Dessert

The Less Needy, All Natural, Still Sweet Way to Make Caramel

September  6, 2016

For years, special diet cooks have triumphed over food limitations with creative wizardry. Thanks to them, we now have zucchini noodles, coconut whipped cream, rice cookies, and so much more in our culinary repertoire. Dates is another ingredient that I’m very happy we’ve really embraced.

I’ll admit, I associated the dried fruit with my grandmother, who soaked them overnight in her oatmeal—the appetizer tray, usually stuffed with goat cheese (or soaked in a yogurt and olive oil bath). But thanks to raw and vegan cooks, I now know about the date’s majorly underutilized powers, especially when it comes to sweet treats and baked goods: Dates are an almost foolproof alternative to caramel!

Dates contain just enough water content to be supple and chewy, but sugar-dense and rich. They work as a natural sugar replacement in simple syrups, baked goods, and smoothies. And because of their sticky factor, they also make an excellent egg-free binder in no-bake pie crusts and bars (of the chocolate and fruit-nut variety). But best of all, dates are pretty “melty.” And with the help of heat or a spin in the food processor, they quickly transform from a dried fruit to a caramel-like paste—no candy thermometer required.

When choosing dates, avoid those that feel too firm. They should be plump and limber, as it makes chopping and blending much easier. If you picked right, you should be able to remove the pit with your fingers. As for variety, Medjools tend to be the sweetest, biggest, and most tender of the date family—perfect for “caramel” making.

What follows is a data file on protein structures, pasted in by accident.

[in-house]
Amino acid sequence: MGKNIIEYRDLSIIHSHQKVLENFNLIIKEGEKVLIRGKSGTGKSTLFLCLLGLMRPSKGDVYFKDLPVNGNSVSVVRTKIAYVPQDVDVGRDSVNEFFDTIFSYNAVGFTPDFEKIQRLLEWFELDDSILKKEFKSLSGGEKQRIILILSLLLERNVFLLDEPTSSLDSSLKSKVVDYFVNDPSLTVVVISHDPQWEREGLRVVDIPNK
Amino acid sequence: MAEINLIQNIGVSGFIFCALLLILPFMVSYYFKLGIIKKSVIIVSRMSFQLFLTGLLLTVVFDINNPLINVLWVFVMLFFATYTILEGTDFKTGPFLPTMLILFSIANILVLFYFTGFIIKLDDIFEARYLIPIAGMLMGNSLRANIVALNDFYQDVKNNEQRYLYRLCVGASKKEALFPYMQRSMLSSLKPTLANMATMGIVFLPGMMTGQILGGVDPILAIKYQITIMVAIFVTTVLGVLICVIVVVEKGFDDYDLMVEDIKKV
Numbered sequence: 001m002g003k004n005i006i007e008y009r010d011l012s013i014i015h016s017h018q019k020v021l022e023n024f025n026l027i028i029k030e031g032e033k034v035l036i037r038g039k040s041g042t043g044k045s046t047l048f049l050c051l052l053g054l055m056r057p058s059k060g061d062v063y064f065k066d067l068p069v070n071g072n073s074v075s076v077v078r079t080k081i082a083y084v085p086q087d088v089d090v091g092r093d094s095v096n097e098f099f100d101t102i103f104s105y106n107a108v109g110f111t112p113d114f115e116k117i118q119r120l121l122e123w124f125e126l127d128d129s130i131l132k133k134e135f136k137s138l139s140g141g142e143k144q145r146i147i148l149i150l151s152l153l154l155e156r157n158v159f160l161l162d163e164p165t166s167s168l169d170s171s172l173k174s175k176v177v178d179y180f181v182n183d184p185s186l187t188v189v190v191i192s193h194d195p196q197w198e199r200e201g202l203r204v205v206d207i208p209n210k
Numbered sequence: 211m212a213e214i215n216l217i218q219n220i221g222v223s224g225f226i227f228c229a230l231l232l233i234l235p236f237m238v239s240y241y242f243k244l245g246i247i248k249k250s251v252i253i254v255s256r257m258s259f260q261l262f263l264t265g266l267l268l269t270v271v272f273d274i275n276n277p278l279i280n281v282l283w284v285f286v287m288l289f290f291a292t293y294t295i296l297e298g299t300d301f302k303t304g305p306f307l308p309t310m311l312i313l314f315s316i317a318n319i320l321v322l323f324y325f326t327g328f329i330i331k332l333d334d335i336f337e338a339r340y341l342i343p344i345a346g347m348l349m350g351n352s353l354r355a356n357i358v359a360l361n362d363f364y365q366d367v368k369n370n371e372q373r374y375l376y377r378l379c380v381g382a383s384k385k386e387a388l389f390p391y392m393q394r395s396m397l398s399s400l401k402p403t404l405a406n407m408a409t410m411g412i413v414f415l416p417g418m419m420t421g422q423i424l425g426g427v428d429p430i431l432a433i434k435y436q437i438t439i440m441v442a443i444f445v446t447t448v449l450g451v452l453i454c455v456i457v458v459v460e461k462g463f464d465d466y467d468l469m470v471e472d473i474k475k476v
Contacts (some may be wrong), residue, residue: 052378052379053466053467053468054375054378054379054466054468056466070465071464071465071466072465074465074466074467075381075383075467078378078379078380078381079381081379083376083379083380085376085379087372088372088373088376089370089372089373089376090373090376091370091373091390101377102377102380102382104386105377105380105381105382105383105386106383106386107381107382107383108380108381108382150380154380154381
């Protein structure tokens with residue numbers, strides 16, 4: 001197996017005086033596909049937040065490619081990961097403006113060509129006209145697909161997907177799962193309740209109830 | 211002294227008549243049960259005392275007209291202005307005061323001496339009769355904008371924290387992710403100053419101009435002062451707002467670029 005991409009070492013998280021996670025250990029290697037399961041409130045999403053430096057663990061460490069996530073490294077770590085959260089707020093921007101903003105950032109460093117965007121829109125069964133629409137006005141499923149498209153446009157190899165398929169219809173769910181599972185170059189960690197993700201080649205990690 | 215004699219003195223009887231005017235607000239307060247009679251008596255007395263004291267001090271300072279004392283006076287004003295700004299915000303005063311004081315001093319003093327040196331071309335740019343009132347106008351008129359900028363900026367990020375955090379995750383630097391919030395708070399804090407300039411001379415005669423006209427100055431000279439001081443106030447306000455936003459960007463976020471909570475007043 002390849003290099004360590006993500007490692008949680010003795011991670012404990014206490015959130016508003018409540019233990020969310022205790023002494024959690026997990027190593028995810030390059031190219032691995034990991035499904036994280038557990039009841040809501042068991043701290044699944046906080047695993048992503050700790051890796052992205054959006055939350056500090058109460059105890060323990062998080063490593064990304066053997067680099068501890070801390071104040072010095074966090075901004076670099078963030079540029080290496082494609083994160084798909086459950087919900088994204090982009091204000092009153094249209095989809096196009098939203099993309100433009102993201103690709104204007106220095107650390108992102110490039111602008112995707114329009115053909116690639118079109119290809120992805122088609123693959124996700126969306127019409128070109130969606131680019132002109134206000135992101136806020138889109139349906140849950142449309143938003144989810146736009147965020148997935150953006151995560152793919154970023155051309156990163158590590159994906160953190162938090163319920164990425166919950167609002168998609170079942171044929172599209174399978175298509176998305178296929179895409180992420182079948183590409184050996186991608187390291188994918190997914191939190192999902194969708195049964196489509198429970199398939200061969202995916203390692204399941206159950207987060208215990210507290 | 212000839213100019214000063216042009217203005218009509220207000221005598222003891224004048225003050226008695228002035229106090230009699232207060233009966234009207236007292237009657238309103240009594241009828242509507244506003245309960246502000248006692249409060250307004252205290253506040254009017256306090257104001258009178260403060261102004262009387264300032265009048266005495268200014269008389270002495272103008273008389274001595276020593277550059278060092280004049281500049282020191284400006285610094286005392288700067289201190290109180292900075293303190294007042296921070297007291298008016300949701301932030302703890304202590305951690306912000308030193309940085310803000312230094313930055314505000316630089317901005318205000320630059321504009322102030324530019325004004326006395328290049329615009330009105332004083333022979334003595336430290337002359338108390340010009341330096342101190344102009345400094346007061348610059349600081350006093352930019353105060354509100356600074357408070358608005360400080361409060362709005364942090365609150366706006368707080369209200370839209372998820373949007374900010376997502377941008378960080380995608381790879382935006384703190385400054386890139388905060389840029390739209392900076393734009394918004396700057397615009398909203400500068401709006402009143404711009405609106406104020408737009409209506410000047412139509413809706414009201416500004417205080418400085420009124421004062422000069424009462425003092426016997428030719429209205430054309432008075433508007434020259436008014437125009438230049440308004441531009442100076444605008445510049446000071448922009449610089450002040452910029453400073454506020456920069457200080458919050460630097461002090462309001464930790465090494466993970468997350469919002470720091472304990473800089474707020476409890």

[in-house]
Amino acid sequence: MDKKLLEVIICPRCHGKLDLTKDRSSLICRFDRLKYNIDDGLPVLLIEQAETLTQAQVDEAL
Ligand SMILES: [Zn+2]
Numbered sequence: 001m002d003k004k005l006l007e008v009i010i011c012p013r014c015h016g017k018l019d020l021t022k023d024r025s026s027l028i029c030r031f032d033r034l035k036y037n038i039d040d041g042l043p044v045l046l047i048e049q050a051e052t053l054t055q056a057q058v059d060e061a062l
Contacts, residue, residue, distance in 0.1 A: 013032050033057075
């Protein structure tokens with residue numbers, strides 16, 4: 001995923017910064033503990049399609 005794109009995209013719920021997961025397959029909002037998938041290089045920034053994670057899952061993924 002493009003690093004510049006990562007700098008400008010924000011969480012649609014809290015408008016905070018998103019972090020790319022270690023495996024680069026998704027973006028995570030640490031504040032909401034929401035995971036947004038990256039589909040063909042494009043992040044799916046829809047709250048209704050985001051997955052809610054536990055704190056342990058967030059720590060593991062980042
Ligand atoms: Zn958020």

When transforming the date into a paste or sauce, you have several choices: (1) blender, (2) heat —a.k.a. hot pan or microwave, and (3) mortar and pestle. The only difference between the three methods (from what I gather) is the equipment you have on hand and time you have to spare. A blender often requires soaking the dates first, while the heat method does not. And obviously, mortar and pestle requires more patience and arm strength than the microwave. Additionally, if you keep to a “raw” diet, skip the stove.

When using the blender: Soak the dates first in warm water for 30 minutes to several hours (depending on the age and stiffness of the date), until softened. But don’t forget to use this step to your advantage and use (or add) other flavor boosting liquids to the mix, like coffee, tea, citrus, vanilla extract, or rum. Once revived, strain the dates from the liquid, chop them, and place in a blender. Add a bit of soaking liquid as well, and puree until smooth, adding more liquid as necessary to get desired texture: doughy (hardened caramels!) versus runny (sundae sauce!).

When using heat: Soaking first is typically not necessary as the heat from the pan or microwave will eventually break down the dried fruit, “melting” it into a caramel like paste. But do add a little liquid (see suggestions above), butter, or coconut oil to the microwave-safe bowl or pan to get a creamy consistency. And if using the microwave, heat and stir in 15 second intervals until mixture is creamy.

When using mortar and pestle: Soak dates first, as with the blender method. Work in small batches and use splashes of soaking liquid as needed. Additionally, a sprinkling of sea salt, coffee grounds, or sesame seeds will help break down the dates by adding friction, giving you a smooth texture and extra flavor. This method is best when you only want a small amount of “date caramel.”

Once the dates take on that whipped texture, the paste or sauce may be used wherever caramel is found: stuffed in pie, swirled in ice cream, or partially hardened and smothered under chocolate (like in this turtle or the recipe below).

For more, smart cooking tips and recipes, Jess's book is Low-So Good.
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